How to improve regulations at CFPB


When the Consumer Financial Protection Bureau (CFPB) was established in 2010 under the Dodd-Frank Act, it was supposed to be a “21st century agency” that used solid data and analytics to develop regulations. well designed. Despite all these promises, the office did not keep its commitments.

To date, the rules of the Bureau – such as the rules concerning arbitration, prepaid cards, and payday loans– were not based on solid research or on consumers’ desire for regulation. Instead, they were motivated by the ideological hostility to the financial services sector.

Take the payday loan rule. The Bureau began reviewing the payday loan market in January 2012 for regulation. It was just six months after the agency officially opened, even as it dealt with the enormous task of setting up a new government agency and writing new rules, and despite the lack of a mandate Congress or consumer complaint data at the time.

Worse, the consumer complaints database administered by the Bureau reports that payday loans accounted for 1 percent of all consumer complaints, while auto title loans, which were also included in rule-making, accounted for 0.1 percent of all complaints. This type of data theoretically guides the development of Bureau rules; it is not convincing that there was never a consumer protection problem to begin with.

Because Congress delegates such immense legislative power to the Bureau while abdicate oversight of its operations, it is particularly important for consumers, businesses and democratic governance that the CFPB puts in place an accountable and transparent rule-making process.

In the absence of legislative changes, the onus of improving the accountability, transparency and integrity of the agency rests with the Office itself. That’s why it’s heartening that Acting Director Mick Mulvaney is seeking public comment on a the full range of office operations, including its regulatory process, for which CEI comments submitted this week.

We have a number of ideas on how the Bureau could improve its rules. For example, the Bureau relies too much on behavioral economics (BE) to justify regulation. However, very few studies demonstrate beyond a theoretical level that cognitive consumer biases exist or are prevalent in the market, let alone whether government intervention can solve such a problem.

Interestingly, although the Bureau seems to believe BE’s ideas are new, they are not fundamentally different from other paternalistic arguments. The idea that consumers are being manipulated into making credit decisions that are not in their best interests has has been around for centuries.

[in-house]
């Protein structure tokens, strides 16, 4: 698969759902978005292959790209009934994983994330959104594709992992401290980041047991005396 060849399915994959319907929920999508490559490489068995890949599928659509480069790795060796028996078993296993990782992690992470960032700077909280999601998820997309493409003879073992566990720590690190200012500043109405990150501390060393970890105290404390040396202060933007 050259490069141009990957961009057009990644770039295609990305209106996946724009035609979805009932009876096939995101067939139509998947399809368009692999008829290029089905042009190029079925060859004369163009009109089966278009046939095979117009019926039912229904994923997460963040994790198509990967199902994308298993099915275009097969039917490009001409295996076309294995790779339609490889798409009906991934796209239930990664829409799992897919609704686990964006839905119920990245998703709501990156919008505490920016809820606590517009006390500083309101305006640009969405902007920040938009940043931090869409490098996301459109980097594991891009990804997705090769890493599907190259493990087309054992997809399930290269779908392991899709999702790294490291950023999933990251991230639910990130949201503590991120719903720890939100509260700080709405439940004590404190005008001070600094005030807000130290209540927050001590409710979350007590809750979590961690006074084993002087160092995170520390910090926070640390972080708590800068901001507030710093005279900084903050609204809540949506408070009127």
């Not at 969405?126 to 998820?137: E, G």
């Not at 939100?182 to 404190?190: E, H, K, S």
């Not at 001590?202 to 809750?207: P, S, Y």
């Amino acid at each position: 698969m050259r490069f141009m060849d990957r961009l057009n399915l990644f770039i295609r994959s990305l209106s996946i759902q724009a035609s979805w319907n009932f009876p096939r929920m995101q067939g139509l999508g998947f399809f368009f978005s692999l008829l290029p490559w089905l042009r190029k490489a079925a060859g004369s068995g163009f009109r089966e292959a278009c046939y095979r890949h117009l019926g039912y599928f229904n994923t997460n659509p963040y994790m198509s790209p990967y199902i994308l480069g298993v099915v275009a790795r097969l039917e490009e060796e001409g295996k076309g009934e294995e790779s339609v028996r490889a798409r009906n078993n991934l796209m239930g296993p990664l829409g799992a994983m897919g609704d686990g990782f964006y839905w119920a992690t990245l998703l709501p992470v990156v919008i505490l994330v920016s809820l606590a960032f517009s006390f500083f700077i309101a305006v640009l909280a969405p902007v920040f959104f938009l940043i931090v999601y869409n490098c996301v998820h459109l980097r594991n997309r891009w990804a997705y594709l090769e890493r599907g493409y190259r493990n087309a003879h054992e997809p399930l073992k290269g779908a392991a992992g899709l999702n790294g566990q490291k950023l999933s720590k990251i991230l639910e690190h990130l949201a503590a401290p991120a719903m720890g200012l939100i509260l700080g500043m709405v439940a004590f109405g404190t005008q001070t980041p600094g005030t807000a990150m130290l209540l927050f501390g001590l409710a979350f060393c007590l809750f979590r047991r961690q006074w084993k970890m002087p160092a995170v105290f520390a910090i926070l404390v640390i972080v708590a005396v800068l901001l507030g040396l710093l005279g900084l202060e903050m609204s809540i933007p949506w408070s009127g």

For much of the 20th century, for example, consumer credit was only seen as appropriate for rich men, such as women and the poor.
considered not to be “cognitively able” to use credit responsibly.

Likewise, the Bureau has used BE to claim that consumers are not “cognitively adept” enough to understand even the most basic financial products. This, of course, leaves it to the enlightened CFPB bureaucrats to decide what is right and wrong for consumers. It is not difficult to understand why behavioral economics can be seen as little more than the “applied theory of people’s patronage”, as economist Deirdre McCloskey I described it.

Another major problem is the Bureau’s cost-benefit analysis. To date, the analysis provided for the proposed rules has been totally inadequate. To take the payday loan rule as another example, the analysis provided by the Bureau did not offer any serious cost collection, quantification and analysis, while simply providing abstract qualitative benefits to the proposed settlement.

One of the most egregious examples is that the Bureau is ignoring the fear that consumers will turn to black market lenders when they cannot access legal loans. On a 1,700-page ruler, the concern was addressed in a single footnote, despite wealth of evidence to suggest that black market lending will only increase with the new regulations.

The Bureau must take its cost-benefit analysis more seriously. The creation of a cost analysis office go far improving the Bureau’s rule-making process.

Given the structure of CFPB, with an all-powerful director who can unilaterally shape much of its operations, Acting Director Mulvaney has immense authority to institute more stringent regulatory requirements. We offer a number of specific suggestions for reform in our comments, comprising:

· Put the Bureau on a regulatory budget;

· Take a closer look at the effects of regulation on financial innovation;

· Create a more transparent rule-making process by allowing third parties to access economic data and methodology;

· Carry out a rigorous cost-benefit analysis of existing regulations;

· Include sunset clauses in discretionary rules;

· Liaise with Small Businesses to communicate and coordinate rules with the Small Business Administration; and

· Prioritize required rules over discretionary rules.

The development of Bureau rules should be guided by well documented, fully justified and properly designed rules that implement the intent of Congress in the most effective manner possible. Unfortunately, this has largely not been the case. Acting Director Mulvaney has the opportunity to mend this interrupted process.


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